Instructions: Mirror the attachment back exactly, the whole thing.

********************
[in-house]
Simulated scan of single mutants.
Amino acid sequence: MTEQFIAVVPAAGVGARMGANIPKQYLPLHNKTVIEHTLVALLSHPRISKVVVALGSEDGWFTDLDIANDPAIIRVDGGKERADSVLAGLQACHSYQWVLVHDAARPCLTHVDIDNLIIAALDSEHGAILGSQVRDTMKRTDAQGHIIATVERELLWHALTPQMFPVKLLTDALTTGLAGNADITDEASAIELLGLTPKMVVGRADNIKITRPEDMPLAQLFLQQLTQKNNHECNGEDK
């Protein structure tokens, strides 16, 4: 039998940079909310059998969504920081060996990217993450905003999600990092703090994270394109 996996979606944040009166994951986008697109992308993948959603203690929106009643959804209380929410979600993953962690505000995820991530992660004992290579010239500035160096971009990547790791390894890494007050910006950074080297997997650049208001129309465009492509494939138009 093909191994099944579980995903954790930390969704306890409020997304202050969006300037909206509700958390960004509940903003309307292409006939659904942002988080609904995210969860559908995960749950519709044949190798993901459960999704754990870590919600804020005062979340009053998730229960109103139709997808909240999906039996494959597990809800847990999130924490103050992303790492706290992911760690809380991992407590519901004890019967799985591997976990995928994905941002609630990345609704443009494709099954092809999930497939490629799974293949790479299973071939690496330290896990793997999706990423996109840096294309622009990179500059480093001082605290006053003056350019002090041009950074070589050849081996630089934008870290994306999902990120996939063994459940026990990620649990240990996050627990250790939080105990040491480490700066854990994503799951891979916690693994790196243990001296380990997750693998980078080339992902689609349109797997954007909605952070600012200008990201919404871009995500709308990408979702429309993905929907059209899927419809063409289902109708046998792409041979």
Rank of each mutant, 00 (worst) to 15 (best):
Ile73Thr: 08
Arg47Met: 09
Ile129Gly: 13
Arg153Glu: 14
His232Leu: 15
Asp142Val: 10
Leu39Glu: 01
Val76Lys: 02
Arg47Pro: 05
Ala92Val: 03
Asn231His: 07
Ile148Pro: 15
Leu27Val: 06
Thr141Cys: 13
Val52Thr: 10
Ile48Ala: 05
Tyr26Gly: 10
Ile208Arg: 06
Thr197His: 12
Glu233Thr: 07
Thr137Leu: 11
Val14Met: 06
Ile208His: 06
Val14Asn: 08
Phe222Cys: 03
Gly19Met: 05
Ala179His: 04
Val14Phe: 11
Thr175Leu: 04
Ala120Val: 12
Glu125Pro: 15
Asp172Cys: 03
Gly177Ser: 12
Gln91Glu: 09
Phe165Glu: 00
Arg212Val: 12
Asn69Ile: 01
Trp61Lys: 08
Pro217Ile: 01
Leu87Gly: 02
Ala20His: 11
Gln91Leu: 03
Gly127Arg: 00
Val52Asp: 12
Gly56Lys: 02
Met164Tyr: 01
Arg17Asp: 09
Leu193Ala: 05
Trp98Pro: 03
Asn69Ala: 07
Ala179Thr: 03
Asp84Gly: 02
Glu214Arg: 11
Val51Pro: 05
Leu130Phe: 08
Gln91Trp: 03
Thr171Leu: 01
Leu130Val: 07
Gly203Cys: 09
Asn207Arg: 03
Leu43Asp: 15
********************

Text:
[in-house]
Simulated scan of single mutants.
Amino acid sequence: MTEQFIAVVPAAGVGARMGANIPKQYLPLHNKTVIEHTLVALLSHPRISKVVVALGSEDGWFTDLDIANDPAIIRVDGGKERADSVLAGLQACHSYQWVLVHDAARPCLTHVDIDNLIIAALDSEHGAILGSQVRDTMKRTDAQGHIIATVERELLWHALTPQMFPVKLLTDALTTGLAGNADITDEASAIELLGLTPKMVVGRADNIKITRPEDMPLAQLFLQQLTQKNNHECNGEDK
């Protein structure tokens, strides 16, 4: 039998940079909310059998969504920081060996990217993450905003999600990092703090994270394109 996996979606944040009166994951986008697109992308993948959603203690929106009643959804209380929410979600993953962690505000995820991530992660004992290579010239500035160096971009990547790791390894890494007050910006950074080297997997650049208001129309465009492509494939138009 093909191994099944579980995903954790930390969704306890409020997304202050969006300037909206509700958390960004509940903003309307292409006939659904942002988080609904995210969860559908995960749950519709044949190798993901459960999704754990870590919600804020005062979340009053998730229960109103139709997808909240999906039996494959597990809800847990999130924490103050992303790492706290992911760690809380991992407590519901004890019967799985591997976990995928994905941002609630990345609704443009494709099954092809999930497939490629799974293949790479299973071939690496330290896990793997999706990423996109840096294309622009990179500059480093001082605290006053003056350019002090041009950074070589050849081996630089934008870290994306999902990120996939063994459940026990990620649990240990996050627990250790939080105990040491480490700066854990994503799951891979916690693994790196243990001296380990997750693998980078080339992902689609349109797997954007909605952070600012200008990201919404871009995500709308990408979702429309993905929907059209899927419809063409289902109708046998792409041979």
Rank of each mutant, 00 (worst) to 15 (best):
Ile73Thr: 08
Arg47Met: 09
Ile129Gly: 13
Arg153Glu: 14
His232Leu: 15
Asp142Val: 10
Leu39Glu: 01
Val76Lys: 02
Arg47Pro: 05
Ala92Val: 03
Asn231His: 07
Ile148Pro: 15
Leu27Val: 06
Thr141Cys: 13
Val52Thr: 10
Ile48Ala: 05
Tyr26Gly: 10
Ile208Arg: 06
Thr197His: 12
Glu233Thr: 07
Thr137Leu: 11
Val14Met: 06
Ile208His: 06
Val14Asn: 08
Phe222Cys: 03
Gly19Met: 05
Ala179His: 04
Val14Phe: 11
Thr175Leu: 04
Ala120Val: 12
Glu125Pro: 15
Asp172Cys: 03
Gly177Ser: 12
Gln91Glu: 09
Phe165Glu: 00
Arg212Val: 12
Asn69Ile: 01
Trp61Lys: 08
Pro217Ile: 01
Leu87Gly: 02
Ala20His: 11
Gln91Leu: 03
Gly127Arg: 00
Val52Asp: 12
Gly56Lys: 02
Met164Tyr: 01
Arg17Asp: 09
Leu193Ala: 05
Trp98Pro: 03
Asn69Ala: 07
Ala179Thr: 03
Asp84Gly: 02
Glu214Arg: 11
Val51Pro: 05
Leu130Phe: 08
Gln91Trp: 03
Thr171Leu: 01
Leu130Val: 07
Gly203Cys: 09
Asn207Arg: 03
Leu43Asp: 15